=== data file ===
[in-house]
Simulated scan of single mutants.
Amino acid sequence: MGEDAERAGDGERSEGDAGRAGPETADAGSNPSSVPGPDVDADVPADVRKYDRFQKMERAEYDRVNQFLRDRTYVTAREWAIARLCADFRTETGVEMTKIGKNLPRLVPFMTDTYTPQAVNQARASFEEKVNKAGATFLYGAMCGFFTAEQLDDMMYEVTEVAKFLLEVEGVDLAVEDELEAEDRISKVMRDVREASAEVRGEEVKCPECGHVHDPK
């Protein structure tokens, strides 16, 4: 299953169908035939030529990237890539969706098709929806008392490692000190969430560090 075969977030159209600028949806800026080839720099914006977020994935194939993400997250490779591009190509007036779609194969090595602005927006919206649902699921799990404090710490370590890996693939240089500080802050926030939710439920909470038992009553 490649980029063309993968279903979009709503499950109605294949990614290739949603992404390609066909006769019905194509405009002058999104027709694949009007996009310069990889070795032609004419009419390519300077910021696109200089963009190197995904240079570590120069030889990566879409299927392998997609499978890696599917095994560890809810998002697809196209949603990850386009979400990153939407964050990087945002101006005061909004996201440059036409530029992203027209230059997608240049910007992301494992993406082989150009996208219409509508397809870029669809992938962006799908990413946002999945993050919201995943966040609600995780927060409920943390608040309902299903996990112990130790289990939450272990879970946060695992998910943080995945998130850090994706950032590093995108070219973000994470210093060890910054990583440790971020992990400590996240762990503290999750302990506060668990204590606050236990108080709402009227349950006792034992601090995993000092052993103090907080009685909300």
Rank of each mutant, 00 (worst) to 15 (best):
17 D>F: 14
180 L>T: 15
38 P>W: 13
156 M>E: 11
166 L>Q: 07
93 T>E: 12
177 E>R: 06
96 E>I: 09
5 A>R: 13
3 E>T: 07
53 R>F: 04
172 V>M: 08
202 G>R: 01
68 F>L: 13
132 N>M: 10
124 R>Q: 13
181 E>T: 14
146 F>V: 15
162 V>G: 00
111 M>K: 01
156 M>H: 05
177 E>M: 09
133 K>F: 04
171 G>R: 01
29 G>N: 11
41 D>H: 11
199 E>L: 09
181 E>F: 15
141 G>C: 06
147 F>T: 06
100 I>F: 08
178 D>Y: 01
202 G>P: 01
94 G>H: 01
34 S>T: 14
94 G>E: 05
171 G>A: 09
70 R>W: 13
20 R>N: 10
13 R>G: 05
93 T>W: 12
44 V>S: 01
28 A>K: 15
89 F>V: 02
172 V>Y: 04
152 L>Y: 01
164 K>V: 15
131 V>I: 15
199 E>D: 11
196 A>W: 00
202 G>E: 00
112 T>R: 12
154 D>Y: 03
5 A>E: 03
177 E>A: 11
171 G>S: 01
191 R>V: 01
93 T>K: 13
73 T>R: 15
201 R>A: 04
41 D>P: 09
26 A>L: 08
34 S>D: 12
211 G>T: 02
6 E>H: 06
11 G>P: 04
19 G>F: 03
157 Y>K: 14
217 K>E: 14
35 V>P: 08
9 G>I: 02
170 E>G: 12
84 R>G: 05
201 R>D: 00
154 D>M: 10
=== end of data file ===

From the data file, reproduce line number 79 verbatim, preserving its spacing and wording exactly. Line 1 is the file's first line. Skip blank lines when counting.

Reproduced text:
201 R>D: 00